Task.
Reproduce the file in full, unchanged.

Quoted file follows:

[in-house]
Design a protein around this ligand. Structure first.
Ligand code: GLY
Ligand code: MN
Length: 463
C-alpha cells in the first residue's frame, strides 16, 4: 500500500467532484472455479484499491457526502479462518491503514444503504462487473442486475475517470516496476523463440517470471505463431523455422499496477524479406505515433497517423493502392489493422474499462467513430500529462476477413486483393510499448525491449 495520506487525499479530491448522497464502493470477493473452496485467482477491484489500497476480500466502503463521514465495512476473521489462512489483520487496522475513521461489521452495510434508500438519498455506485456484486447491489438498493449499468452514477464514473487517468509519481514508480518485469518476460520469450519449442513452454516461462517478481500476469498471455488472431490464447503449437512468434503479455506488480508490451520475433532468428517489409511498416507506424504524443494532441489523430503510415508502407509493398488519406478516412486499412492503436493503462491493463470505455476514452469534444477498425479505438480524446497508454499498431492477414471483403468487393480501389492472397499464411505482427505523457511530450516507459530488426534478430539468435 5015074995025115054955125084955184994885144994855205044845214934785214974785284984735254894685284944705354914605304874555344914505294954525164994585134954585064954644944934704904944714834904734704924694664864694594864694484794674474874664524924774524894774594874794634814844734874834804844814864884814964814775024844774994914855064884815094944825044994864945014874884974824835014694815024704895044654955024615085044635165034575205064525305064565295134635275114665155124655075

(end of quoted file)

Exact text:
[in-house]
Design a protein around this ligand. Structure first.
Ligand code: GLY
Ligand code: MN
Length: 463
C-alpha cells in the first residue's frame, strides 16, 4: 500500500467532484472455479484499491457526502479462518491503514444503504462487473442486475475517470516496476523463440517470471505463431523455422499496477524479406505515433497517423493502392489493422474499462467513430500529462476477413486483393510499448525491449 495520506487525499479530491448522497464502493470477493473452496485467482477491484489500497476480500466502503463521514465495512476473521489462512489483520487496522475513521461489521452495510434508500438519498455506485456484486447491489438498493449499468452514477464514473487517468509519481514508480518485469518476460520469450519449442513452454516461462517478481500476469498471455488472431490464447503449437512468434503479455506488480508490451520475433532468428517489409511498416507506424504524443494532441489523430503510415508502407509493398488519406478516412486499412492503436493503462491493463470505455476514452469534444477498425479505438480524446497508454499498431492477414471483403468487393480501389492472397499464411505482427505523457511530450516507459530488426534478430539468435 5015074995025115054955125084955184994885144994855205044845214934785214974785284984735254894685284944705354914605304874555344914505294954525164994585134954585064954644944934704904944714834904734704924694664864694594864694484794674474874664524924774524894774594874794634814844734874834804844814864884814964814775024844774994914855064884815094944825044994864945014874884974824835014694815024704895044654955024615085044635165034575205064525305064565295134635275114665155124655075